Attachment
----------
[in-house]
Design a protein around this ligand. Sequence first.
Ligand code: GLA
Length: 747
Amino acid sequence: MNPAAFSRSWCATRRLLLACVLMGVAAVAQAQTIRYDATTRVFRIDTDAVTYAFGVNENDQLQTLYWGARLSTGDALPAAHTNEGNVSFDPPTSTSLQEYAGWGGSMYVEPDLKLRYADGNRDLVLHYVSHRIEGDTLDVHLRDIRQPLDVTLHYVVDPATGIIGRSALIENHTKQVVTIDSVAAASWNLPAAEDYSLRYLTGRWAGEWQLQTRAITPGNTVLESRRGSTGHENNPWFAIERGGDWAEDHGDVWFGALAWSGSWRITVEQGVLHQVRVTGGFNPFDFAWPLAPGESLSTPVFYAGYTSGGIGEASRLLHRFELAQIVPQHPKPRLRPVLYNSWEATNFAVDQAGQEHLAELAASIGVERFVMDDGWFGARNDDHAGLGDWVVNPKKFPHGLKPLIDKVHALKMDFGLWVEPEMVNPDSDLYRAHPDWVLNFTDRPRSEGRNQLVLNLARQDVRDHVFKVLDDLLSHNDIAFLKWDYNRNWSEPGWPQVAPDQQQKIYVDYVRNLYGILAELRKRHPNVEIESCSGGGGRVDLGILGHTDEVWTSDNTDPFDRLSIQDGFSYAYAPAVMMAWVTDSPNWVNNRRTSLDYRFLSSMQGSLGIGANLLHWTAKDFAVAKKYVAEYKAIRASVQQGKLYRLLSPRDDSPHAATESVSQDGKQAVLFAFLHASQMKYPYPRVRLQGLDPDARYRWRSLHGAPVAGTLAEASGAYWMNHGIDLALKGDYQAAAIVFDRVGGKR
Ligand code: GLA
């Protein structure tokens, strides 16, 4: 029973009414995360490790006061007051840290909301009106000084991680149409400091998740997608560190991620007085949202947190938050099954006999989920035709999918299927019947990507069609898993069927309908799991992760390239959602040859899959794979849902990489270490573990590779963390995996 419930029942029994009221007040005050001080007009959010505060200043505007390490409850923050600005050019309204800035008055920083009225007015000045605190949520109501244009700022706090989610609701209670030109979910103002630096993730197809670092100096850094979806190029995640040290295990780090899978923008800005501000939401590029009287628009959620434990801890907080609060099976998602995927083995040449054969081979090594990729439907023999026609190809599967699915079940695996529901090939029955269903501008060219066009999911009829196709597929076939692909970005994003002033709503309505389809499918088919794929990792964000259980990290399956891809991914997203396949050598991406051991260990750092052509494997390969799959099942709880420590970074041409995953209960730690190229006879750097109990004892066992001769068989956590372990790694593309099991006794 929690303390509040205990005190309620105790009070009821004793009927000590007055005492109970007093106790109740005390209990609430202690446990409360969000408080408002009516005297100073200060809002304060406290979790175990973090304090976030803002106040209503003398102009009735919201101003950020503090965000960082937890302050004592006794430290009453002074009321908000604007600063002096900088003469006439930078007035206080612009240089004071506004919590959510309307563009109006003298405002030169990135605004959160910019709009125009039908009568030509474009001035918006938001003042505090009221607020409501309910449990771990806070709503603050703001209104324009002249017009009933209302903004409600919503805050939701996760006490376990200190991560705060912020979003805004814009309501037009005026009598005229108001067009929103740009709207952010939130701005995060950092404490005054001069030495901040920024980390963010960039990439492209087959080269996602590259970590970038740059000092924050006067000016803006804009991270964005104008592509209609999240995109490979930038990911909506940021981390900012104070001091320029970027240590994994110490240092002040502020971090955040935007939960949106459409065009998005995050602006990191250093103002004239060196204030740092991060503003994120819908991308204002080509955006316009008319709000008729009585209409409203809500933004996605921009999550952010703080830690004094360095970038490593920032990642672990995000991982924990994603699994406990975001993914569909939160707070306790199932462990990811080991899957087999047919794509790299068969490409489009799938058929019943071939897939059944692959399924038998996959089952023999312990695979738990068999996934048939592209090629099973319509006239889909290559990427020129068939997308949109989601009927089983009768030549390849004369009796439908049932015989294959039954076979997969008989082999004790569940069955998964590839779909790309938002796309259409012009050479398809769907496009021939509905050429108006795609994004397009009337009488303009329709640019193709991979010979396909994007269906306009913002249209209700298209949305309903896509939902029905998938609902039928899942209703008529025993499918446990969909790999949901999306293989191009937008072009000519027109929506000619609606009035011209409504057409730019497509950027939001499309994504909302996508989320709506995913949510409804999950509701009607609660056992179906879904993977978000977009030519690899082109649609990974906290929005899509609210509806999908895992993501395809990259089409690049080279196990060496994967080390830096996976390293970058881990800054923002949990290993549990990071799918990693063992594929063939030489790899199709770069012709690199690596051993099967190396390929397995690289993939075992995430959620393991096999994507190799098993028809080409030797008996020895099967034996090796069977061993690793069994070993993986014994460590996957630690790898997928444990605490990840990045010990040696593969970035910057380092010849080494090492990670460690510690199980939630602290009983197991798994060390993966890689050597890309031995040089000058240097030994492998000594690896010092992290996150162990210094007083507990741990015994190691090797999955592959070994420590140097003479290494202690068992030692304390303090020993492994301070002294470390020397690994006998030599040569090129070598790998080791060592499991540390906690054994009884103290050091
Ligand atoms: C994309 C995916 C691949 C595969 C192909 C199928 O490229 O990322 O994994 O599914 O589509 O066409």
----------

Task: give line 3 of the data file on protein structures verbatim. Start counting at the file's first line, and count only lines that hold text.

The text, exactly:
Ligand code: GLA